• Research has shown that most people who start and continue with treatment do stop using drugs, have less criminal activity, and show improved emotional, occupational, and social functioning.
Guiding principles and dimensions of recovery
The Recovery Month toolkit contains a great overview of the concept of recovery as it relates to mental illness and substance use. Recovery is characterized by several important guiding principles, including:
  • Recovery emerges from hope, which is fostered by friends, families, providers, colleagues, and others who have experienced recovery themselves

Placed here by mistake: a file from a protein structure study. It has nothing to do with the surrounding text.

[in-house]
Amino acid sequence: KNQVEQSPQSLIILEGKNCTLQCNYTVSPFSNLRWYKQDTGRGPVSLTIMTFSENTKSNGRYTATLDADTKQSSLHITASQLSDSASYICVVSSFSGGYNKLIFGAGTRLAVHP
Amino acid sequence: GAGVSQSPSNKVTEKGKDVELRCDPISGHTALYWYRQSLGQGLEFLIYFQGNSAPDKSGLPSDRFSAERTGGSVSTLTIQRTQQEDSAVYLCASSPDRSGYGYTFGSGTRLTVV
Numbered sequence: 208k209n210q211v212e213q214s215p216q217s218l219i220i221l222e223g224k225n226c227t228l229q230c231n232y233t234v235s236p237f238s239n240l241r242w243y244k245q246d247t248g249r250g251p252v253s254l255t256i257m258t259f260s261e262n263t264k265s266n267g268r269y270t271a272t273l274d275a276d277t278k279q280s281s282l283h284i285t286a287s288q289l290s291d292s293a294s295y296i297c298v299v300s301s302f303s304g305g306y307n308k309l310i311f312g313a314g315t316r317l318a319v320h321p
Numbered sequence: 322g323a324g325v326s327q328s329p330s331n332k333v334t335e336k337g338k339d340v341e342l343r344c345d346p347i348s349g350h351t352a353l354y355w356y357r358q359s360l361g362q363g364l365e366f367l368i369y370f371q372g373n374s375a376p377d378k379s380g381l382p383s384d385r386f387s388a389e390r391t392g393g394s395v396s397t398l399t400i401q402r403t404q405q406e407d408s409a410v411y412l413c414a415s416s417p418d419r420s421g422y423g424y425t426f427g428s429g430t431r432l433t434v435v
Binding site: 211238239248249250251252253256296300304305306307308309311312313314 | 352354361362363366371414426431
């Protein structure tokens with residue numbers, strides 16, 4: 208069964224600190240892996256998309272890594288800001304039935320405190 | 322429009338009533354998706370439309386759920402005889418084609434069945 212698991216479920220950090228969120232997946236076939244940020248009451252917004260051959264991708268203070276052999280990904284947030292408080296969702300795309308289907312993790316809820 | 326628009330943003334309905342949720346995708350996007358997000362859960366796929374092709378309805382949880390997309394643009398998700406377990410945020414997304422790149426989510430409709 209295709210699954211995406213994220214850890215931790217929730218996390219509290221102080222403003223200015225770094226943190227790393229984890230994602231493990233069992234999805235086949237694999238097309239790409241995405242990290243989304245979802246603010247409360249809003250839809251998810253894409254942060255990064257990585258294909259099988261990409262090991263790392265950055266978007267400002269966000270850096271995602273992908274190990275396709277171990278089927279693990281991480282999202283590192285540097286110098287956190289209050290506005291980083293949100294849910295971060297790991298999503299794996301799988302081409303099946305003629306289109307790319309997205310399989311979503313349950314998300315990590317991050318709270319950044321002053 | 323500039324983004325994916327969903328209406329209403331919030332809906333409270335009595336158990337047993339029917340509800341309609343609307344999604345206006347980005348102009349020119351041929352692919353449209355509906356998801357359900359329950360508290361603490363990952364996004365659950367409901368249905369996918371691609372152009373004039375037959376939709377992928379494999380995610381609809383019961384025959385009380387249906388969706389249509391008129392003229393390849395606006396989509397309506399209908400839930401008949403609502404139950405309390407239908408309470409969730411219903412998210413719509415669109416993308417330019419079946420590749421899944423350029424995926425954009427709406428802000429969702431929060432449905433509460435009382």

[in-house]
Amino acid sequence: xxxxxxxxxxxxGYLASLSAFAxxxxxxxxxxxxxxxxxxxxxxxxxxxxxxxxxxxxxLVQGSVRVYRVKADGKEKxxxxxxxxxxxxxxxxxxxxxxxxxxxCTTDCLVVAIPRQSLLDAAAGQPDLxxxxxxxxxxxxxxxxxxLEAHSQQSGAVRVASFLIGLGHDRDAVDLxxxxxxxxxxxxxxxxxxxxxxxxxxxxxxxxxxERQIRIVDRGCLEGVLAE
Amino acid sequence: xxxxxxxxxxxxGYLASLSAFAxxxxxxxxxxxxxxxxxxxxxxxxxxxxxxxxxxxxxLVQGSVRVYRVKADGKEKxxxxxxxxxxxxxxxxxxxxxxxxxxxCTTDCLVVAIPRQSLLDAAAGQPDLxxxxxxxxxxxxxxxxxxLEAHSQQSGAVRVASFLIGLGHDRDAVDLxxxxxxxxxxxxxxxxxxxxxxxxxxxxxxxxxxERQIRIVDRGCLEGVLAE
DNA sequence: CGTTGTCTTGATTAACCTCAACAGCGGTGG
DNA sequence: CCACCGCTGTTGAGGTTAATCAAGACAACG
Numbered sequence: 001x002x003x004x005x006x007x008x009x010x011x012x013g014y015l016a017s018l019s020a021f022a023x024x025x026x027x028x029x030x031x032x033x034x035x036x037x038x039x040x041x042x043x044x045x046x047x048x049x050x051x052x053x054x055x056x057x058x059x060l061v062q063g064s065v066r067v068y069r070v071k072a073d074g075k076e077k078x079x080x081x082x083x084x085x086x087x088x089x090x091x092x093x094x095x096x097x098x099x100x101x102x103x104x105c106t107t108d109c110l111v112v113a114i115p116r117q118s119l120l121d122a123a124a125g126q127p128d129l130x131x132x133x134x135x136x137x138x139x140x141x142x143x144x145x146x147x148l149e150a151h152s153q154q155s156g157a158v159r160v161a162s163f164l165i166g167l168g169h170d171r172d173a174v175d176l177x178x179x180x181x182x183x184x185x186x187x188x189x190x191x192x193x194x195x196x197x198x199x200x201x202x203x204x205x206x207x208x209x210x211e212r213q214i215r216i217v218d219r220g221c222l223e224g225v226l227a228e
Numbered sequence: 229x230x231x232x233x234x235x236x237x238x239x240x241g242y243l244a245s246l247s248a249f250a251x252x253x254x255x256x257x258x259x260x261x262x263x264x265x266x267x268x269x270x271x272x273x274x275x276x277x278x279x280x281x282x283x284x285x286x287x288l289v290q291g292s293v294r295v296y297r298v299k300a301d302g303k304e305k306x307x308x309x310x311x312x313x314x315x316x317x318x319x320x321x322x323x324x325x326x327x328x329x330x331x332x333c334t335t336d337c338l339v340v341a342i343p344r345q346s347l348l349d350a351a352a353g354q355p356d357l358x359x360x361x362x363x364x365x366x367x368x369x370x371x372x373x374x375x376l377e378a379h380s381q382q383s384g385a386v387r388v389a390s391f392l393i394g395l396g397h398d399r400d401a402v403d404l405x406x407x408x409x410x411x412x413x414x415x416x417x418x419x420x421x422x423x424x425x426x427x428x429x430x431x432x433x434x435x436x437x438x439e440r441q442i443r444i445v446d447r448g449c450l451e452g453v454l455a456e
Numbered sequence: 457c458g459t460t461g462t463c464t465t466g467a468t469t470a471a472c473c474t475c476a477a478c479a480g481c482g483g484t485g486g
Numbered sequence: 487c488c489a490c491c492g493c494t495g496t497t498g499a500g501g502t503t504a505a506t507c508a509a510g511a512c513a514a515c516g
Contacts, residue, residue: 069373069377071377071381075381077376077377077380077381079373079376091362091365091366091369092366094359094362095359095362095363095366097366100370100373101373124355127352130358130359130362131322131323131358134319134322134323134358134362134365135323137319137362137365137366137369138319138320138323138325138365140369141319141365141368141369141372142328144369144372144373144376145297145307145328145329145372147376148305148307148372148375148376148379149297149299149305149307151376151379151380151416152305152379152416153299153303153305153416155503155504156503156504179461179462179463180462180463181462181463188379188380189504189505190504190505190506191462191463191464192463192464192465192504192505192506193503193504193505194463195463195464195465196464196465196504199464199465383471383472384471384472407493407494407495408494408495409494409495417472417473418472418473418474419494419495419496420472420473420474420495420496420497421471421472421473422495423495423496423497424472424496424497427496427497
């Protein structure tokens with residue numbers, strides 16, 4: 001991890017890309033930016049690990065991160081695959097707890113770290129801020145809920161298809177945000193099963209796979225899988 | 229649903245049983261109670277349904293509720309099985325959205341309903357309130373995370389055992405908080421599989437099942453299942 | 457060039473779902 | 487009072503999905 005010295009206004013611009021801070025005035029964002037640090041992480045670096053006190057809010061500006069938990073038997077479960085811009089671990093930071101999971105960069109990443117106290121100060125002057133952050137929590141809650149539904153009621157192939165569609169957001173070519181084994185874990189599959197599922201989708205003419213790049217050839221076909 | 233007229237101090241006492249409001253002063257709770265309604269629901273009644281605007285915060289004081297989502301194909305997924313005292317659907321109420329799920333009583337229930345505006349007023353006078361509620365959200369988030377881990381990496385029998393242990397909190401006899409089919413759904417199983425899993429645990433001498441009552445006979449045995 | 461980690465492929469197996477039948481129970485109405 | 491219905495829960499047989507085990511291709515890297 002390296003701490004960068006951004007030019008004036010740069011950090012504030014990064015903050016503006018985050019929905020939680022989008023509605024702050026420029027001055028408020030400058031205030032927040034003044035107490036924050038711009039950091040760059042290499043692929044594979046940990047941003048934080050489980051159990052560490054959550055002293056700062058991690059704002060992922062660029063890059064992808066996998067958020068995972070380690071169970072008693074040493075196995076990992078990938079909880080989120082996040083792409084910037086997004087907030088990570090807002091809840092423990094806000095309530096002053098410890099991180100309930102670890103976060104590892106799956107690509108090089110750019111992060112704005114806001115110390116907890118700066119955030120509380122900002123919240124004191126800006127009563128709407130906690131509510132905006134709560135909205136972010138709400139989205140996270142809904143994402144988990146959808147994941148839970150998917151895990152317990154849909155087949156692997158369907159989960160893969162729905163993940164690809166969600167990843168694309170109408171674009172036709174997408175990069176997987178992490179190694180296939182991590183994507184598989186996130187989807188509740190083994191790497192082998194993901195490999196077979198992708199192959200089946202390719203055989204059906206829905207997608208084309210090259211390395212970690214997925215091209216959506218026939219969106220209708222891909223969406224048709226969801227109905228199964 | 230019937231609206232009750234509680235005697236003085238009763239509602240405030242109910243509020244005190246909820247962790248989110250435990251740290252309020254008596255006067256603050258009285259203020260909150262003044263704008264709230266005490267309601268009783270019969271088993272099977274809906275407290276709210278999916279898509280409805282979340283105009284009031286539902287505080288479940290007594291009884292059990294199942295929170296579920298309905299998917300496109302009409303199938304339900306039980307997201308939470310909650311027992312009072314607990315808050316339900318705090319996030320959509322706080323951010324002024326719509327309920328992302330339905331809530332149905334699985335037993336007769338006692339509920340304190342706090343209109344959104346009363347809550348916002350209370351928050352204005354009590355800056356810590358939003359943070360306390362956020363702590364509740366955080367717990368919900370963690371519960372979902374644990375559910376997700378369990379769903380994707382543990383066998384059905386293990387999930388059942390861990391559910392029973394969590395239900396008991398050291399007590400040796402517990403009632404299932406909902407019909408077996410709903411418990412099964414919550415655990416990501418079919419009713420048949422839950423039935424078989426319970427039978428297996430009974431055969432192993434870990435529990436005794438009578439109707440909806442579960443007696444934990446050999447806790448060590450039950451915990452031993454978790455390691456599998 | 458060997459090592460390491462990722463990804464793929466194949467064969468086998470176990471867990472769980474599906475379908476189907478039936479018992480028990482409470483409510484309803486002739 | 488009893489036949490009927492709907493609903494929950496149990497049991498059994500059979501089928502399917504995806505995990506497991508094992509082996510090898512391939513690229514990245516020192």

• Recovery occurs via many pathways, which may include professional clinical treatment, use of medications, support from families and in schools, faith-based approaches, peer support, and other approaches
  • Recovery is holistic, meaning recovery encompasses a person’s whole life including mind, body, spirit, and community
  • Recovery is supported by relationships with peers and allies, and on social networks
  • Recovery is culturally based and influenced
  • Recovery is supported by addressing trauma, including physical or sexual abuse, domestic violence, war, disaster, or profound loss
  • Recovery involves individual, family, and community strengths and responsibilities
  • Recovery is fostered by respect
Additionally, recovery includes four major dimensions:
1) Health: Both physical and mental health are important, and learning to manage one’s condition(s) or symptom(s) through informed, healthy choices.